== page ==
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Findings from Japan Institute of Sports Sciences Broaden Understanding of Nutritional Science and Vitaminology (Effective Timing of Curcumin Ingestion To Attenuate Eccentric Exercise-induced Muscle Soreness In Men)

Sports Research Daily

04-29-19

2019 APR 26 (NewsRx) -- By a News Reporter-Staff News Editor at Sports Research Daily -- New research on Diet and Nutrition - Nutritional Science and Vitaminology is the subject of a report. According to news reporting originating from Tokyo, Japan, by NewsRx correspondents, research stated, “Curcumin is known to have potent anti-inflammatory effects. We have reported that acute curcumin ingestion attenuates eccentric exercise-induced muscle damage.”

Financial support for this research came from Japan Institute of Sports Sciences.

Our news editors obtained a quote from the research from the Japan Institute of Sports Sciences, “This study aimed to examine the effect of curcumin ingestion timing (before or after exercise) on the changes in muscle damage markers after eccentric exercise. In this randomized, single-blind, parallel design study, 24 healthy young men performed 30 maximal isokinetic (120 degrees/s) eccentric contractions of the elbow flexors using an isokinetic dynamometer. Subjects were randomly assigned to ingest 180 mg/d of oral curcumin either 7 d before (PRE) or 4 d after exercise (POST) or 180 mg/d of oral placebo 4 d after exercise (CON). The maximal voluntary contraction (MVC) torque of the elbow flexors, elbow joint range of motion (ROM), muscle soreness, and serum creatine kinase (CK) activity were measured before, immediately after, and 1-4 d after exercise. Changes in these variables were compared over time. In the POST group, ROM were higher at 3-4 d and muscle soreness was lower at 3 d after exercise compared with the CON group (p <0.05). However, in the PRE group, there were no significant differences compared with the CON group in changes in ROM and muscle soreness. Meanwhile, there were no significant differences among the groups in terms of changes in MVC torque and serum CK activity.”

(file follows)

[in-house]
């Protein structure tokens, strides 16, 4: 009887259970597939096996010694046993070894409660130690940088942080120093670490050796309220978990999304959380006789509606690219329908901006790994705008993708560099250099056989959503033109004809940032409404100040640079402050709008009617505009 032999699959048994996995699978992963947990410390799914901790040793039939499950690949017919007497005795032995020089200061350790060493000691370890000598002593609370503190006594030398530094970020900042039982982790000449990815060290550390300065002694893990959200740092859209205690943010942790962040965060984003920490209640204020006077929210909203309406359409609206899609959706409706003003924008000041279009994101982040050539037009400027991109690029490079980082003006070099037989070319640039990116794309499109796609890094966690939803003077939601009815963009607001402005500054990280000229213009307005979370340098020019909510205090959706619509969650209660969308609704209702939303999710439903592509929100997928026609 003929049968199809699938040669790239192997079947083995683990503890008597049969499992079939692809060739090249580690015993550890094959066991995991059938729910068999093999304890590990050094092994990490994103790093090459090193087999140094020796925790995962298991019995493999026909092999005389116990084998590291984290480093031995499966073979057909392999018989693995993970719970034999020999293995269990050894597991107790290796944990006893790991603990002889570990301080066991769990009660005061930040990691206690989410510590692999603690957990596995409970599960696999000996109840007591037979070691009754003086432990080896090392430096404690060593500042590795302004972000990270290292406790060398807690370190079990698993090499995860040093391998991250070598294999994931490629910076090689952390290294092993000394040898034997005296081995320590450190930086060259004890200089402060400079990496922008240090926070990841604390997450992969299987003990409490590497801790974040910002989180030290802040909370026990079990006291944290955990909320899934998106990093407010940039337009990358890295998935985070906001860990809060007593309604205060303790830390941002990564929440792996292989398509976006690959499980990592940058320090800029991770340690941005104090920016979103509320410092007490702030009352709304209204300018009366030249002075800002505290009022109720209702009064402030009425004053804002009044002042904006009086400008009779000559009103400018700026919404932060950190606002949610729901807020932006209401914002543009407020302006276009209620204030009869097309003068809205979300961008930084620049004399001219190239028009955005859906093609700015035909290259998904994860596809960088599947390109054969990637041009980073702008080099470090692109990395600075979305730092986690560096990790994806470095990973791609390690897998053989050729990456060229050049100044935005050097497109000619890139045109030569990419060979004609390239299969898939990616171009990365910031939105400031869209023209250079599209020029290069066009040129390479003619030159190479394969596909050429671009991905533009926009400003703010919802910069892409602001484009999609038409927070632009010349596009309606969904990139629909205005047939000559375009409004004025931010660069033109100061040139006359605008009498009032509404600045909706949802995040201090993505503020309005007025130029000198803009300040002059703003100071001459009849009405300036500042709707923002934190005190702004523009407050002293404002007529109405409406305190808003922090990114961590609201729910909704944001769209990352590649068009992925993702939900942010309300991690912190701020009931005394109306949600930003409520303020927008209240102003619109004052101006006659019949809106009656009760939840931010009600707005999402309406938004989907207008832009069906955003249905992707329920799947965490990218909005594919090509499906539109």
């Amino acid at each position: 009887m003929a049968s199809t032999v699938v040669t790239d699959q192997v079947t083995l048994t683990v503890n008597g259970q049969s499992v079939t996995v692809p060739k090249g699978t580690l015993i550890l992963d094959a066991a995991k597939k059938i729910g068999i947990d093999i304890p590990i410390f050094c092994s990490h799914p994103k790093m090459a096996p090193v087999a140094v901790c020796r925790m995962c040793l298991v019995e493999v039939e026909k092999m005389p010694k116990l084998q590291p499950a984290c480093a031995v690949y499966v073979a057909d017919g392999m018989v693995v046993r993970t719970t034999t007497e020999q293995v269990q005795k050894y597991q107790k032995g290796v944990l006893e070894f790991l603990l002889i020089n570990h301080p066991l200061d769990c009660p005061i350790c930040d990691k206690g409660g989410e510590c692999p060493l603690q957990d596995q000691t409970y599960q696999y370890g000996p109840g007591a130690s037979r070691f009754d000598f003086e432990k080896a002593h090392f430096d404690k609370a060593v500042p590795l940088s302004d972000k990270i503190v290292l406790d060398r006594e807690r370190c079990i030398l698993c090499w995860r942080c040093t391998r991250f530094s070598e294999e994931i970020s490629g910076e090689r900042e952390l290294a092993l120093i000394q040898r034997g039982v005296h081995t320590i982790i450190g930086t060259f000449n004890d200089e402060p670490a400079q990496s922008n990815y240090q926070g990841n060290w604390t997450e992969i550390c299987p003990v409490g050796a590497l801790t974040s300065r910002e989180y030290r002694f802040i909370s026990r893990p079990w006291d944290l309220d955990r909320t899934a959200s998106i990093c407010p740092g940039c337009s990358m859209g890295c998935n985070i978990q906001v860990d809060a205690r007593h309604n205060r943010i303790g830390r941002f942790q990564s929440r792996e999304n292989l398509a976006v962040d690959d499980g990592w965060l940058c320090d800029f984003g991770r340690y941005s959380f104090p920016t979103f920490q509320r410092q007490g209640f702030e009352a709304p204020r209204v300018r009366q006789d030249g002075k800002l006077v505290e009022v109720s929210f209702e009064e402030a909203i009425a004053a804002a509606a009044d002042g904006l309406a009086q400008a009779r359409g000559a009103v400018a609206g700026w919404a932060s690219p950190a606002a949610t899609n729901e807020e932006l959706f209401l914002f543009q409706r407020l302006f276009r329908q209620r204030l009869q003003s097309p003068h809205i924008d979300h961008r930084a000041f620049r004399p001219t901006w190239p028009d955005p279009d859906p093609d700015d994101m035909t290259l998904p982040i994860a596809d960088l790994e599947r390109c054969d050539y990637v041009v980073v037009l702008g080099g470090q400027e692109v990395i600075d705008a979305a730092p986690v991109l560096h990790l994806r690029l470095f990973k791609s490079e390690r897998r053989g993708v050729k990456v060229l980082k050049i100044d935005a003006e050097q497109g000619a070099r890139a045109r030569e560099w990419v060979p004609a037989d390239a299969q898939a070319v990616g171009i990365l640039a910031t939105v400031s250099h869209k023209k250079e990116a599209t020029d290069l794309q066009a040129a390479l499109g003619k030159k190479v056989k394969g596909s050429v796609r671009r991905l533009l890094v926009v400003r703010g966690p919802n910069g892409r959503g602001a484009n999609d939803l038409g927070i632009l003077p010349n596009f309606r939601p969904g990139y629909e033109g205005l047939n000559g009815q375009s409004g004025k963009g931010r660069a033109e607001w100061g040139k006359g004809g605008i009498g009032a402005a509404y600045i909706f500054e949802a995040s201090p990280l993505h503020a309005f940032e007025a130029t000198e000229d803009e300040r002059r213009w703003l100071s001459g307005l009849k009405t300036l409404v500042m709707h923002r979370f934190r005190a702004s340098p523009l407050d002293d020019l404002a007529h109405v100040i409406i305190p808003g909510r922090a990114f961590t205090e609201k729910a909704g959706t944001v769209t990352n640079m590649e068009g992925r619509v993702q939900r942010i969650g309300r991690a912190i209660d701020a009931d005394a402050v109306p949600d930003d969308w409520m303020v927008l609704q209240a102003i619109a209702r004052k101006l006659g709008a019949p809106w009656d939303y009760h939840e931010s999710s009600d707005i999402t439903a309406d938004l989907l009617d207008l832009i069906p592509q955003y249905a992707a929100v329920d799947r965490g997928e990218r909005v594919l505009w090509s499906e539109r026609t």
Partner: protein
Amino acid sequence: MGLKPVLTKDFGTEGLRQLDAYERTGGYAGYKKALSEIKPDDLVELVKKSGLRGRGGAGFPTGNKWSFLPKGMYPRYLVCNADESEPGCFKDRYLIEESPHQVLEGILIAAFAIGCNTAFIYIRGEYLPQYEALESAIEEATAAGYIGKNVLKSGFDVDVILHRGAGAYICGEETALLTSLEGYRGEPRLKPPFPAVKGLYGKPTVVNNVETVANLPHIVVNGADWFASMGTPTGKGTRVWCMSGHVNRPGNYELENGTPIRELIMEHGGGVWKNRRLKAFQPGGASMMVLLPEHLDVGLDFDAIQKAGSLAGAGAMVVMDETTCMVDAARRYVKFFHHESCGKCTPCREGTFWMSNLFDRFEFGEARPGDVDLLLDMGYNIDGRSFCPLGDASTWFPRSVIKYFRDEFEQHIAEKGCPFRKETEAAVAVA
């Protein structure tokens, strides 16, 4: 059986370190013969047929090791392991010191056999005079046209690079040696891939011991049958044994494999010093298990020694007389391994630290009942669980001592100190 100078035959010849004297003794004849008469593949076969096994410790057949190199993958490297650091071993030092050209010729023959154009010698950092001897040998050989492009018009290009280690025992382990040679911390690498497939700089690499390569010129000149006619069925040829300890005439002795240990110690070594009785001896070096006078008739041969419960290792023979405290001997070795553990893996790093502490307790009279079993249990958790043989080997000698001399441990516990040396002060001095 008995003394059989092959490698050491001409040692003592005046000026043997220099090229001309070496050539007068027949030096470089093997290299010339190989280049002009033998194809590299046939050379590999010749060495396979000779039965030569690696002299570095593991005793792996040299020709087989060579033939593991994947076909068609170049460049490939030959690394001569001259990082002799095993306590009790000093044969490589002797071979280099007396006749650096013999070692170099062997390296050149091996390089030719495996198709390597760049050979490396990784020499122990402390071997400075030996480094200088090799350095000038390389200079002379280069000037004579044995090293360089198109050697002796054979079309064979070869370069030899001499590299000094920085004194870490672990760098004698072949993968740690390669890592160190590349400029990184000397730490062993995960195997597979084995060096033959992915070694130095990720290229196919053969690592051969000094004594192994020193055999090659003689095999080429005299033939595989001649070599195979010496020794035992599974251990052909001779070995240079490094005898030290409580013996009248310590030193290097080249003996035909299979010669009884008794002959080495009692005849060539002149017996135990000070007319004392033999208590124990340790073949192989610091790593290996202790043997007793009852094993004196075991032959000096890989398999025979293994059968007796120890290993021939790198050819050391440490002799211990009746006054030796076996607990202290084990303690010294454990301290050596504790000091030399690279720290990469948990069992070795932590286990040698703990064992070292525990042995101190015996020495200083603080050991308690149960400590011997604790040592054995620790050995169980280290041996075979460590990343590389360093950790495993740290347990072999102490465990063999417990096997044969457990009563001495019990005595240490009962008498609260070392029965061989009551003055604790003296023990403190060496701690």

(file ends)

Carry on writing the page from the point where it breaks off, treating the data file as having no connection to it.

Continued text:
According to the news editors, the research concluded: “Our results suggest that curcumin ingestion after exercise had a more beneficial effect in attenuating muscle soreness.”

For more information on this research see: Effective Timing of Curcumin Ingestion To Attenuate Eccentric Exercise-induced Muscle Soreness In Men. Journal of Nutritional Science and Vitaminology, 2019;65(1):82-89. Journal of Nutritional Science and Vitaminology can be contacted at: Center Academic Publ Japan, 2-4-16 Yayoi, Bunkyo-Ku, Tokyo, 113-0032, Japan.

The news editors report that additional information may be obtained by contacting H. Takahashi, Japan Institute of Sports Sciences, Dept Sport Res, Tokyo 1150056, Japan. Additional authors for this research include Y. Tanabe, K. Chino, H. Sagayama, H.J. Lee, H. Ozawa and S. Maeda.

The direct object identifier (DOI) for that additional information is: https://doi.org/10.3177/jnsv.65.82. This DOI is a link to an online electronic document that is either free or for purchase, and can be your direct source for a journal article and its citation.

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